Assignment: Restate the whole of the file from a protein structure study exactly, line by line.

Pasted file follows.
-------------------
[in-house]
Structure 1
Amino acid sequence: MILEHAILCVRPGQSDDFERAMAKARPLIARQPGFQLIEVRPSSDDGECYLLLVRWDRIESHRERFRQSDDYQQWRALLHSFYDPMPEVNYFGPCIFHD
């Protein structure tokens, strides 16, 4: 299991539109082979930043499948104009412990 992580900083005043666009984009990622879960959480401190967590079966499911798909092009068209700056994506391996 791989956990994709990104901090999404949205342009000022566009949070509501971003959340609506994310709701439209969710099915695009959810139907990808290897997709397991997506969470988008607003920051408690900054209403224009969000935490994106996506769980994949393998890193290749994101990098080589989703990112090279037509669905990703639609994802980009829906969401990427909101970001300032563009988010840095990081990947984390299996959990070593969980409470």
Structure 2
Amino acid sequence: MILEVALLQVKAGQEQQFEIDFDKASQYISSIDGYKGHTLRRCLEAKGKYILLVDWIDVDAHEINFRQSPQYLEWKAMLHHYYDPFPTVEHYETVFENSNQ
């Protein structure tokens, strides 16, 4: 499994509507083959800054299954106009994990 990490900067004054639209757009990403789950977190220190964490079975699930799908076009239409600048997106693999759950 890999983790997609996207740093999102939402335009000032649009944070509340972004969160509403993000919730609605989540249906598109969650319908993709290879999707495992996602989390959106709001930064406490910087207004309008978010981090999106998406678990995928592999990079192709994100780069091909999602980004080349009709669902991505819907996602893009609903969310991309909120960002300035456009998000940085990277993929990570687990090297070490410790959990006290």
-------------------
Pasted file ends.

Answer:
[in-house]
Structure 1
Amino acid sequence: MILEHAILCVRPGQSDDFERAMAKARPLIARQPGFQLIEVRPSSDDGECYLLLVRWDRIESHRERFRQSDDYQQWRALLHSFYDPMPEVNYFGPCIFHD
């Protein structure tokens, strides 16, 4: 299991539109082979930043499948104009412990 992580900083005043666009984009990622879960959480401190967590079966499911798909092009068209700056994506391996 791989956990994709990104901090999404949205342009000022566009949070509501971003959340609506994310709701439209969710099915695009959810139907990808290897997709397991997506969470988008607003920051408690900054209403224009969000935490994106996506769980994949393998890193290749994101990098080589989703990112090279037509669905990703639609994802980009829906969401990427909101970001300032563009988010840095990081990947984390299996959990070593969980409470």
Structure 2
Amino acid sequence: MILEVALLQVKAGQEQQFEIDFDKASQYISSIDGYKGHTLRRCLEAKGKYILLVDWIDVDAHEINFRQSPQYLEWKAMLHHYYDPFPTVEHYETVFENSNQ
């Protein structure tokens, strides 16, 4: 499994509507083959800054299954106009994990 990490900067004054639209757009990403789950977190220190964490079975699930799908076009239409600048997106693999759950 890999983790997609996207740093999102939402335009000032649009944070509340972004969160509403993000919730609605989540249906598109969650319908993709290879999707495992996602989390959106709001930064406490910087207004309008978010981090999106998406678990995928592999990079192709994100780069091909999602980004080349009709669902991505819907996602893009609903969310991309909120960002300035456009998000940085990277993929990570687990090297070490410790959990006290």